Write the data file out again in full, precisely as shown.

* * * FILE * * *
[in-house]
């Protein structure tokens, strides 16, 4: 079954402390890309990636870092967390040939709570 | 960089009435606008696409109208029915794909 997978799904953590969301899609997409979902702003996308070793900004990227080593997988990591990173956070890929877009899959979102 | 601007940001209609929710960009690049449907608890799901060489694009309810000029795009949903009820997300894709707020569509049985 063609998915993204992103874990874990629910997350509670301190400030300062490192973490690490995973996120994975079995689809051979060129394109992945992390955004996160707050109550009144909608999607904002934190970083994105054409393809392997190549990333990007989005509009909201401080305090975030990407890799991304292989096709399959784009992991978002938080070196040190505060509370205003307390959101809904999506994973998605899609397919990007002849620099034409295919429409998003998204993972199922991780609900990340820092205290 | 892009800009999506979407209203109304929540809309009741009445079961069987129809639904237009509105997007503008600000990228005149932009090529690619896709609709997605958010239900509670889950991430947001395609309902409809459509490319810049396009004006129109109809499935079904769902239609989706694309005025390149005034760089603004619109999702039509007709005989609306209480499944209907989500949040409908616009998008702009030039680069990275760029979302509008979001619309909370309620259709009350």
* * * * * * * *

[in-house]
């Protein structure tokens, strides 16, 4: 079954402390890309990636870092967390040939709570 | 960089009435606008696409109208029915794909 997978799904953590969301899609997409979902702003996308070793900004990227080593997988990591990173956070890929877009899959979102 | 601007940001209609929710960009690049449907608890799901060489694009309810000029795009949903009820997300894709707020569509049985 063609998915993204992103874990874990629910997350509670301190400030300062490192973490690490995973996120994975079995689809051979060129394109992945992390955004996160707050109550009144909608999607904002934190970083994105054409393809392997190549990333990007989005509009909201401080305090975030990407890799991304292989096709399959784009992991978002938080070196040190505060509370205003307390959101809904999506994973998605899609397919990007002849620099034409295919429409998003998204993972199922991780609900990340820092205290 | 892009800009999506979407209203109304929540809309009741009445079961069987129809639904237009509105997007503008600000990228005149932009090529690619896709609709997605958010239900509670889950991430947001395609309902409809459509490319810049396009004006129109109809499935079904769902239609989706694309005025390149005034760089603004619109999702039509007709005989609306209480499944209907989500949040409908616009998008702009030039680069990275760029979302509008979001619309909370309620259709009350």